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1/25/2018 7:38:29 AM
Posted: 10/23/2001 12:00:11 PM EST
I understand that gifts of up to $10K are not taxable. But for whom? The gift giver, the lucky recipient, or both? Also, any ideas about the tax consequences of receiving the proceeds of an annuity as a death benefit. Is the money received considered taxable income to either the IRS or the kalif tax collectors? Thanks in advance. AR i.t.w's PS: I tried the legal foruw first but didn't get a reply. :-(
Link Posted: 10/23/2001 12:06:05 PM EST
[Last Edit: 10/23/2001 12:00:32 PM EST by Malpaso]
There is no tax on the giver, ever, considering they already paid tax on the income of that money. The $10K limit means that a parent can gift a child that much each year with no tax consequences to the child. Any death benefits are based on the value of the estate as a whole. I believe the floor is $500K, but I might be wrong. What that means is that if someone's estate is worth less than $500K at the time of their death, it gets distributed tax free to the heirs. If it is over that, the gov't taxes the amount over that at a certain rate before distribution. Hope this helps.
Link Posted: 10/23/2001 12:16:06 PM EST
Just going through this with my mothers estate. The floor is $600,000 (might be $650,000) I don't recall what the lawyer said, but I do know it starts with a '6' [:)] - not that mom had that much mind you, but that means we don't worry about it when the house sells. BTW, any of you Wisconsin guy's want a house on the water?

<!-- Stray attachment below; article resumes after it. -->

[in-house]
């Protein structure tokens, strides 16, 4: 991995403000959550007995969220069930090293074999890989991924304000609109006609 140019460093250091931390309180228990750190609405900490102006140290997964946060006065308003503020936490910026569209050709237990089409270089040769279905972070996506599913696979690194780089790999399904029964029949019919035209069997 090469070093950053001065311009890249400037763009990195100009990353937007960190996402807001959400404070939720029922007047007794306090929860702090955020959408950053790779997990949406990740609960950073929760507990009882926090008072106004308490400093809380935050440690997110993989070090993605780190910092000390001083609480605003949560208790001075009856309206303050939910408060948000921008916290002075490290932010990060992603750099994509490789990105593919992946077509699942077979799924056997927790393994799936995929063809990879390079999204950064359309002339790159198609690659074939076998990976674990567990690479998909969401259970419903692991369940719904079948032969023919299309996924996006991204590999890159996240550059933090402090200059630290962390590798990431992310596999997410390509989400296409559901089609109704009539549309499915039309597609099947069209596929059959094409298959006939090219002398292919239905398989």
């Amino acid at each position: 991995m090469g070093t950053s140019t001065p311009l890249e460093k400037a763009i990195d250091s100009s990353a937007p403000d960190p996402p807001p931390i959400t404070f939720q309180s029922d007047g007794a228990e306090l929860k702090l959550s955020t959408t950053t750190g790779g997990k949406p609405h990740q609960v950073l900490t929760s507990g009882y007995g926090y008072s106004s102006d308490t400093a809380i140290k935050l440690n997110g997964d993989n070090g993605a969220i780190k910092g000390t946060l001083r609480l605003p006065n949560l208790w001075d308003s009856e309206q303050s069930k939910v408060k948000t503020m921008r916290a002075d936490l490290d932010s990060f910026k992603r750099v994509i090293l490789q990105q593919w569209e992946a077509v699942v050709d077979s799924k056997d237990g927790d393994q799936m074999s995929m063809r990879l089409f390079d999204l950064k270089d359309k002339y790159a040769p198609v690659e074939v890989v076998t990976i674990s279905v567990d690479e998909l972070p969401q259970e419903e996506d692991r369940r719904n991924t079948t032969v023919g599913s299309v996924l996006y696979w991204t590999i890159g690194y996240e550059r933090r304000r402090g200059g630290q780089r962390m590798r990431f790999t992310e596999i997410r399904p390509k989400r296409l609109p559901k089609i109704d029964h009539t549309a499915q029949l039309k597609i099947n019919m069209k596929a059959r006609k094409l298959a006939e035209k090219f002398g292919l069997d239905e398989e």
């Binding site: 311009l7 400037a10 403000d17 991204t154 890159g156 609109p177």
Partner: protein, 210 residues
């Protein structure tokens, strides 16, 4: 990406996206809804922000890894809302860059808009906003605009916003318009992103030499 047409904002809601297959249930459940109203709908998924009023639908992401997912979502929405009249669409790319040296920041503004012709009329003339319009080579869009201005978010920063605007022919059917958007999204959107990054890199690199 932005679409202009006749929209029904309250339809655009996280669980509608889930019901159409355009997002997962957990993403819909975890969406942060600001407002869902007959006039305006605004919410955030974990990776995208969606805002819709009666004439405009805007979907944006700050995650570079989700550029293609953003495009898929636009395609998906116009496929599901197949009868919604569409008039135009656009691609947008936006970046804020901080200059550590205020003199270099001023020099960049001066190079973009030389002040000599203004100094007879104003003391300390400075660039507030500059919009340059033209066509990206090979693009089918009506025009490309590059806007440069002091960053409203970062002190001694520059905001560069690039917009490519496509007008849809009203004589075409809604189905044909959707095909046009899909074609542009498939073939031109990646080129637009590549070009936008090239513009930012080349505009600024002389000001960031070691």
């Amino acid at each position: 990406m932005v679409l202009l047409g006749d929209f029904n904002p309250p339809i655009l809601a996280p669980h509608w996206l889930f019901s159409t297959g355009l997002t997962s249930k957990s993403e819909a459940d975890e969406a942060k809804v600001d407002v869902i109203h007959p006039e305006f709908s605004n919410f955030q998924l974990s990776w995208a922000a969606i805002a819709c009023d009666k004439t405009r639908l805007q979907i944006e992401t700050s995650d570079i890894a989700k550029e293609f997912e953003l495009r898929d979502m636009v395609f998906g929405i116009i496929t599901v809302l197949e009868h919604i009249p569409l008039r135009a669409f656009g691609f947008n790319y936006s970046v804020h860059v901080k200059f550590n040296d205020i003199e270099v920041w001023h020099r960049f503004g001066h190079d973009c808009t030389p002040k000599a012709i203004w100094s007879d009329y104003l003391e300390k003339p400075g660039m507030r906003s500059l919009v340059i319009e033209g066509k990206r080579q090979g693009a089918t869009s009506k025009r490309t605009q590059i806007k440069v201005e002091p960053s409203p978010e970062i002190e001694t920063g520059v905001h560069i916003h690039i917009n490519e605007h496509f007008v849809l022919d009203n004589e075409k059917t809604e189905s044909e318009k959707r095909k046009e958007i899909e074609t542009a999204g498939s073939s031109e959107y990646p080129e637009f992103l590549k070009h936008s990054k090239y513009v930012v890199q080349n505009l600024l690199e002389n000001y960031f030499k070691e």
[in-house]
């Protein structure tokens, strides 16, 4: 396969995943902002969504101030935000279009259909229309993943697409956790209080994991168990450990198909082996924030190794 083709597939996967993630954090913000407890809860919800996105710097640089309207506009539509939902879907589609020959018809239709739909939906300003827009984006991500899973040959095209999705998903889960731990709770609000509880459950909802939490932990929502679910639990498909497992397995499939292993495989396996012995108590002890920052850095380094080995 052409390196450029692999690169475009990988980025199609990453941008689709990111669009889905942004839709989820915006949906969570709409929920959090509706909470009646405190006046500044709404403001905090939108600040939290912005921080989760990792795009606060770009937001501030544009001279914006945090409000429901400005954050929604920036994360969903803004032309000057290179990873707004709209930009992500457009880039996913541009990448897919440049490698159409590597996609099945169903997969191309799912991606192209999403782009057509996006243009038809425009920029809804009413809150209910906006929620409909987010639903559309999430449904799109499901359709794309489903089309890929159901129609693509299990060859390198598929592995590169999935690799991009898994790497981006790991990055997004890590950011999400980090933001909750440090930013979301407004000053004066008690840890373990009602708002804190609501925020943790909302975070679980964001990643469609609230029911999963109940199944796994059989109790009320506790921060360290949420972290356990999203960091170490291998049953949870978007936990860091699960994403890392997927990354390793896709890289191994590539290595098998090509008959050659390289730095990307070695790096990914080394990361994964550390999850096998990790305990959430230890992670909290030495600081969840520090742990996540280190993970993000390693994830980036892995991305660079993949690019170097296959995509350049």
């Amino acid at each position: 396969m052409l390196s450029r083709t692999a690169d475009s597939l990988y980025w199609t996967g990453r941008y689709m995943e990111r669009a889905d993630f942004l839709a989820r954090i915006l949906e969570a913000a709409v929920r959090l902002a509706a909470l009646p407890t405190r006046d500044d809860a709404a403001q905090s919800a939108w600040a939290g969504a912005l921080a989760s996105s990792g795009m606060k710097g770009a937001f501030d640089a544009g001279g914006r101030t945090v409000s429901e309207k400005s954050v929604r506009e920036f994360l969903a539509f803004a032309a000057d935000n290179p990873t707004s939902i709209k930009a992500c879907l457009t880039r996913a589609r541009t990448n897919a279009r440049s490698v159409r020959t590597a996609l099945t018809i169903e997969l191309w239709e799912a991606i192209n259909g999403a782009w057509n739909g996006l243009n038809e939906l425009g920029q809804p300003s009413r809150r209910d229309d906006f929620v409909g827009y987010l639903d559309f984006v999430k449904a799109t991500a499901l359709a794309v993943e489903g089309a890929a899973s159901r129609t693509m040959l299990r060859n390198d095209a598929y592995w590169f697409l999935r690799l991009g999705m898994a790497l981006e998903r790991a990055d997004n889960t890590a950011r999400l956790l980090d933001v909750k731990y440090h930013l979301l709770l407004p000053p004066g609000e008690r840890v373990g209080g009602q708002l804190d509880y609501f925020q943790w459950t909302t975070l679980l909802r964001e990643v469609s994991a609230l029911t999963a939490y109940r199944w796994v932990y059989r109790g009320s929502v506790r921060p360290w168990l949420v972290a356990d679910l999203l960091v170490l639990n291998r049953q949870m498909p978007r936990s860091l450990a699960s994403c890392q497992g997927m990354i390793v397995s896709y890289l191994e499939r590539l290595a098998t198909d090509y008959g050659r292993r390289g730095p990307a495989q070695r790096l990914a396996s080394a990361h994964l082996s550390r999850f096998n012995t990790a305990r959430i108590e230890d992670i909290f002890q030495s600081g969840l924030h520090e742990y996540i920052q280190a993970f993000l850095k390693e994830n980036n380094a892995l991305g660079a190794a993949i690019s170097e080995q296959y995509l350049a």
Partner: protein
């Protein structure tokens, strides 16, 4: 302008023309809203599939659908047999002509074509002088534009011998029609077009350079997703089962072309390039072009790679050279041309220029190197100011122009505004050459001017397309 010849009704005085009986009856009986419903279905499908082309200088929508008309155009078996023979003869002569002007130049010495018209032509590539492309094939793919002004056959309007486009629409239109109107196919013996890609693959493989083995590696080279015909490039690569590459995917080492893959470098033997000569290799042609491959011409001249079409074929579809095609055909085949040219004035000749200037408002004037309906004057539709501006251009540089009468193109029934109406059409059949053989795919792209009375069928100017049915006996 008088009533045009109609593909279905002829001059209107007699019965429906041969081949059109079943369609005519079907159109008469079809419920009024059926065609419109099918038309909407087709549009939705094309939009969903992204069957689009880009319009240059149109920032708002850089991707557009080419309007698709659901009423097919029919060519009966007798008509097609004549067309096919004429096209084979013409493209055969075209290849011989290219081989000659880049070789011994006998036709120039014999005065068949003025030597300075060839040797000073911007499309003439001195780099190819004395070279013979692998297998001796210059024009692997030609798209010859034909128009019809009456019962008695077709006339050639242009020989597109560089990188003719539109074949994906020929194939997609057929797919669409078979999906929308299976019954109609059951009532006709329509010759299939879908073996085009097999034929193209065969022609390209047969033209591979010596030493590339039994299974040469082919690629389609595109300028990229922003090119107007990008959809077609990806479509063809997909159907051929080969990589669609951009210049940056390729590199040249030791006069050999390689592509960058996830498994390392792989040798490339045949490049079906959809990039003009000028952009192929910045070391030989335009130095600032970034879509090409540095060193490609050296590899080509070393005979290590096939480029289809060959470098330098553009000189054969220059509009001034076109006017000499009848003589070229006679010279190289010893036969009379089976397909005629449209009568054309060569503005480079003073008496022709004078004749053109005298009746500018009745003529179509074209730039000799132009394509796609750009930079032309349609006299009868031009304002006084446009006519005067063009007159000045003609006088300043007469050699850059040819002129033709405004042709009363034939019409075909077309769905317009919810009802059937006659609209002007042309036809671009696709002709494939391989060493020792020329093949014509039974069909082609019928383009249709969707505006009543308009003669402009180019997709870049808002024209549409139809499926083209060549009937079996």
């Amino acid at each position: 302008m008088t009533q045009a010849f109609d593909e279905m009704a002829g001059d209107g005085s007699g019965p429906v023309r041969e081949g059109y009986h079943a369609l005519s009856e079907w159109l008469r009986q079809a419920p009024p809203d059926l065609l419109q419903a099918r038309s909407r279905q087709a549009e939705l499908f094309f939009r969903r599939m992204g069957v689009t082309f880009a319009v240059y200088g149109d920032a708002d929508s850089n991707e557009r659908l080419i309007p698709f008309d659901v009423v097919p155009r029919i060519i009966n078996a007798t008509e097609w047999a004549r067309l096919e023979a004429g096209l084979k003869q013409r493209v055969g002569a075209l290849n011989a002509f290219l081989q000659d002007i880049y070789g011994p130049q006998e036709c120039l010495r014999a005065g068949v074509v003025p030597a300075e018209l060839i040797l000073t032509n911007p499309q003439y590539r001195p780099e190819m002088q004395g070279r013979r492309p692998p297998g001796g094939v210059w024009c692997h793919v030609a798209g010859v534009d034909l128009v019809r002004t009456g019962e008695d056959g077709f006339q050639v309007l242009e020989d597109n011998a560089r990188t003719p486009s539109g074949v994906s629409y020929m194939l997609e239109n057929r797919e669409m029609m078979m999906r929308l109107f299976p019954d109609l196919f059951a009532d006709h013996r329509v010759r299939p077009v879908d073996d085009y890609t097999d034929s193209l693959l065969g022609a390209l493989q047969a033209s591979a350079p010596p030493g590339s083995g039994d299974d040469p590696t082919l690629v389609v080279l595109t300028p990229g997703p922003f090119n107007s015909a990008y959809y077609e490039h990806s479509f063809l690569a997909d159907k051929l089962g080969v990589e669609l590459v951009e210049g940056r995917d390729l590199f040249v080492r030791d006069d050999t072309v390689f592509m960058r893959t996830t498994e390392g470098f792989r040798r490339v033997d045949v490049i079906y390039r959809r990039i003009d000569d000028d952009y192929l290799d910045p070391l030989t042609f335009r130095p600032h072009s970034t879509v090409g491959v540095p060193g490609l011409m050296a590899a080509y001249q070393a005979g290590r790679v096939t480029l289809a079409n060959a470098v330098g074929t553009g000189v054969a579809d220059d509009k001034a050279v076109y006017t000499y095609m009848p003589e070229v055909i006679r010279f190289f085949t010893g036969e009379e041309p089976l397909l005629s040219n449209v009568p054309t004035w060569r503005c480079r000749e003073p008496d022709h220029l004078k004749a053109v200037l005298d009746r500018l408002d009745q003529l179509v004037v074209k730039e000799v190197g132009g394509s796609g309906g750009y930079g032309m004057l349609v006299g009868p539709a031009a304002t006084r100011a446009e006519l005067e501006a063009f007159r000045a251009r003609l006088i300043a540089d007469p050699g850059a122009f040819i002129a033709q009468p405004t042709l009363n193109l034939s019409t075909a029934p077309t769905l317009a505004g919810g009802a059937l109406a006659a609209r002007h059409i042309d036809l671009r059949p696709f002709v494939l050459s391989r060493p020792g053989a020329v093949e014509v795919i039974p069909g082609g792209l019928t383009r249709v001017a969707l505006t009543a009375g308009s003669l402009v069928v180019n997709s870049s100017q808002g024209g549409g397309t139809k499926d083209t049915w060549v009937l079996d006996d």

Link Posted: 10/23/2001 12:21:56 PM EST
There's a process called "generation skipping" that can be used in specific circumstances to avoid a LOT of taxes.
Link Posted: 10/23/2001 12:25:20 PM EST
Let me clarify the 2nd part of my question. According to the lawyer handling the probate, the annuity benefit is seperate and not considered part of the estate. I'm trying to figure out if I'll have to pay taxes on the death benefit or not. I'm getting conflicting answers and I can't reach my tax guy... AR i.t.w's jhasz, I'm sorry to hear you lost your mother.
Link Posted: 10/23/2001 12:26:07 PM EST
Tax already taxed money, not right. We should get rid of this tax, or up the floor.
Link Posted: 10/23/2001 12:27:46 PM EST